A Friday in Tokyo

Last Friday, I had to go to Tokyo because I needed a new passport. And since you’re not taking a 4-hour train trip to do something that takes only 30 minutes, I met up with a friend after the paperwork was done.

Together, we went to the Nezu Museum, where we had lunch and enjoyed their current special exhibition about patterns on textiles and other daily items. It is built on the place of the private residence of Nezu Kaichiro, an industrialist of the Edo/Meiji period who owned a railroad. On a visit abroad he came across the idea of opening a museum, and his extensive collection of art was made public after his death.

More than the exhibition, I enjoyed the museum garden, even though it is quite gray and barren in winter. It’s a Japanese garden on 17,000 m2 and is home to 4 tea houses. It is on the side of a hill, and almost looks like a quiet valley where just a few neighbors live peacefully together. There are stone sculptures strewn throughout, and Buddha statues can be found there as well. I didn’t bring my camera, so this lovely image is courtesy of my friend.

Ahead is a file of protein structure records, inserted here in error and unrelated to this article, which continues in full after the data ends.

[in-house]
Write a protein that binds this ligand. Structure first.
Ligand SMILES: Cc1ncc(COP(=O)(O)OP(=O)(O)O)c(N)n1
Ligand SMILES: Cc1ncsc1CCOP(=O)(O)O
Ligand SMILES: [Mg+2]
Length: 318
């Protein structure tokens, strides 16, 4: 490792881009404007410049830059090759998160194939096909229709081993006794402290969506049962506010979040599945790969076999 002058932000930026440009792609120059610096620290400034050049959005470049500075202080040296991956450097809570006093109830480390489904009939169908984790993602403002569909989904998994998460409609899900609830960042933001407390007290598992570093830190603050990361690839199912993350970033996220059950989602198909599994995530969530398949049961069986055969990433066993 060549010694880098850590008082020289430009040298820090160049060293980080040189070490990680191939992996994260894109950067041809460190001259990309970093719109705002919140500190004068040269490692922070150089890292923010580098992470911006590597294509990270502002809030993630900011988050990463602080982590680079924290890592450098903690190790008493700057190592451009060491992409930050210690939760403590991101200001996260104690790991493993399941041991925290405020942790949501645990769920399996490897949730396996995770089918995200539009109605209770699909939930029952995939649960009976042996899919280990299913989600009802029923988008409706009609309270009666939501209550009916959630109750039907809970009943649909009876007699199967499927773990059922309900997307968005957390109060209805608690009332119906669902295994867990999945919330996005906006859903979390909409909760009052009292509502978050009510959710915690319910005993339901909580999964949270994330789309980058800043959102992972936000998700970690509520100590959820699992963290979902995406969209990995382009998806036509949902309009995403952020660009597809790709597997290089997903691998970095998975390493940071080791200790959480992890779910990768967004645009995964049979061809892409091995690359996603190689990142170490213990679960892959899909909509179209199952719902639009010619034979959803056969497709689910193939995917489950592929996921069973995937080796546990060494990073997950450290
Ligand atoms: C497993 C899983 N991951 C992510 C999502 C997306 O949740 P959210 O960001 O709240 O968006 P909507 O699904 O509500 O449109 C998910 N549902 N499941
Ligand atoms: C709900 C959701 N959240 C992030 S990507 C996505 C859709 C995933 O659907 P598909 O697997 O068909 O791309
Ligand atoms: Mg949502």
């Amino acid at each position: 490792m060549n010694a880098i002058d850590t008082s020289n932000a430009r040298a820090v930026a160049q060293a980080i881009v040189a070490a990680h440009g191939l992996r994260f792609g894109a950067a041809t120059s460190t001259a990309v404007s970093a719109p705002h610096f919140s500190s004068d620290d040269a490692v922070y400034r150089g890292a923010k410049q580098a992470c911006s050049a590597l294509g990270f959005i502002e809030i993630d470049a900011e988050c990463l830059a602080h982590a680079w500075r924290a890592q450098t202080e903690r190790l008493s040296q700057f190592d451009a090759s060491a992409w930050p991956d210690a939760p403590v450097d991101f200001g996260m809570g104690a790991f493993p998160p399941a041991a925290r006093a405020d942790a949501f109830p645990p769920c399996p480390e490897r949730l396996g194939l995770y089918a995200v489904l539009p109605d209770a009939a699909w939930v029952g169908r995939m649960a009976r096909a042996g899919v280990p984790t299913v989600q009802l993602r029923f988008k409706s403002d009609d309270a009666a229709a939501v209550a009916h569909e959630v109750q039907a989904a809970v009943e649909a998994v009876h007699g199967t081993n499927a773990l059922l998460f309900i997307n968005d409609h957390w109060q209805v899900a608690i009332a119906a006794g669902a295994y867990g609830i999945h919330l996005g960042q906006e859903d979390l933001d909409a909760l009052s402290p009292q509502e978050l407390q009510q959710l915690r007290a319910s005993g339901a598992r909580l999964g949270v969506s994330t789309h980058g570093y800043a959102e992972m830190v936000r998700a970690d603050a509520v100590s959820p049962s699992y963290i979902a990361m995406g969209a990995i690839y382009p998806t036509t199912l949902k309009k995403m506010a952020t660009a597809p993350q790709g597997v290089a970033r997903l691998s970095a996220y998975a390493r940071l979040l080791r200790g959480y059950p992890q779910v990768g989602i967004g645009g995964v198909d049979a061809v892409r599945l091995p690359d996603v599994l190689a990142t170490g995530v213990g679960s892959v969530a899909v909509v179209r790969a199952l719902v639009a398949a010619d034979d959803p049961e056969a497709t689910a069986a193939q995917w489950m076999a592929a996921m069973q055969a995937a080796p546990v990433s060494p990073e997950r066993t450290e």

Living in Kyoto, which is essentially flat, it always surprises me how hilly Tokyo really is. And yet, there are brave people on bicycles (okay: ebikes) scaling the hills. No wonder the Japanese are all so fit – so much walking everywhere…

And that’s exactly what my friend and I did after the Nezu Museum: Walking along Omote Sando and then further to Harajuku. It was nice to see people on the street, even though it wasn’t super busy – Omikron has hit Japan pretty hard. Omote Sando is more chic with lots of big international brands, but we also passed through Takeshita street with its quirky shops for youngsters, now this is truly Japanese style!

I took a relatively early (and empty) Shinkansen home, and Pumpkin was happy to see me again (I think). There’s only one thing that could have made my trip any better, but even though I started out in Kyoto with clear skies, Fuji-san once again didn’t reveal himself to me…